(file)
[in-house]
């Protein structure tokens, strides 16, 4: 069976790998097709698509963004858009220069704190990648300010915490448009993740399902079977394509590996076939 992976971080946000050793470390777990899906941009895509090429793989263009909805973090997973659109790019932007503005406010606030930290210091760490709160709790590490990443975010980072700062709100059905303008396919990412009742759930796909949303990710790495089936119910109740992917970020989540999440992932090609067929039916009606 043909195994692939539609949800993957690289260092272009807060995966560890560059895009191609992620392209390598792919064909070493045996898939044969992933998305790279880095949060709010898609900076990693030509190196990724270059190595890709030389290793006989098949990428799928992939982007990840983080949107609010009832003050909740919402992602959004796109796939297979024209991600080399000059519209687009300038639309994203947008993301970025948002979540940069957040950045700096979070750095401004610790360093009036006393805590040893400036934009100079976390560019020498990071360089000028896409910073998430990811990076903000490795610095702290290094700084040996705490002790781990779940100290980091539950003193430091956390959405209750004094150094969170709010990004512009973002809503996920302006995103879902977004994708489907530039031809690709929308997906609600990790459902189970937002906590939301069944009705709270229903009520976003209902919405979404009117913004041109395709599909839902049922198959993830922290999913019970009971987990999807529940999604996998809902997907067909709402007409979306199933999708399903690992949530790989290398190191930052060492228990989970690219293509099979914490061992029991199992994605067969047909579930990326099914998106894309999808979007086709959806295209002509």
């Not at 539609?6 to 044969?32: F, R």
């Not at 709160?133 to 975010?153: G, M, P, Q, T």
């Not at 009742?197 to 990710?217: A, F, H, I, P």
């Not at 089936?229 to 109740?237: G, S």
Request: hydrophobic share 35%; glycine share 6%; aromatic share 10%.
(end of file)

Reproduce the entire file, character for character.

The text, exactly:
[in-house]
């Protein structure tokens, strides 16, 4: 069976790998097709698509963004858009220069704190990648300010915490448009993740399902079977394509590996076939 992976971080946000050793470390777990899906941009895509090429793989263009909805973090997973659109790019932007503005406010606030930290210091760490709160709790590490990443975010980072700062709100059905303008396919990412009742759930796909949303990710790495089936119910109740992917970020989540999440992932090609067929039916009606 043909195994692939539609949800993957690289260092272009807060995966560890560059895009191609992620392209390598792919064909070493045996898939044969992933998305790279880095949060709010898609900076990693030509190196990724270059190595890709030389290793006989098949990428799928992939982007990840983080949107609010009832003050909740919402992602959004796109796939297979024209991600080399000059519209687009300038639309994203947008993301970025948002979540940069957040950045700096979070750095401004610790360093009036006393805590040893400036934009100079976390560019020498990071360089000028896409910073998430990811990076903000490795610095702290290094700084040996705490002790781990779940100290980091539950003193430091956390959405209750004094150094969170709010990004512009973002809503996920302006995103879902977004994708489907530039031809690709929308997906609600990790459902189970937002906590939301069944009705709270229903009520976003209902919405979404009117913004041109395709599909839902049922198959993830922290999913019970009971987990999807529940999604996998809902997907067909709402007409979306199933999708399903690992949530790989290398190191930052060492228990989970690219293509099979914490061992029991199992994605067969047909579930990326099914998106894309999808979007086709959806295209002509």
């Not at 539609?6 to 044969?32: F, R």
């Not at 709160?133 to 975010?153: G, M, P, Q, T």
């Not at 009742?197 to 990710?217: A, F, H, I, P």
């Not at 089936?229 to 109740?237: G, S």
Request: hydrophobic share 35%; glycine share 6%; aromatic share 10%.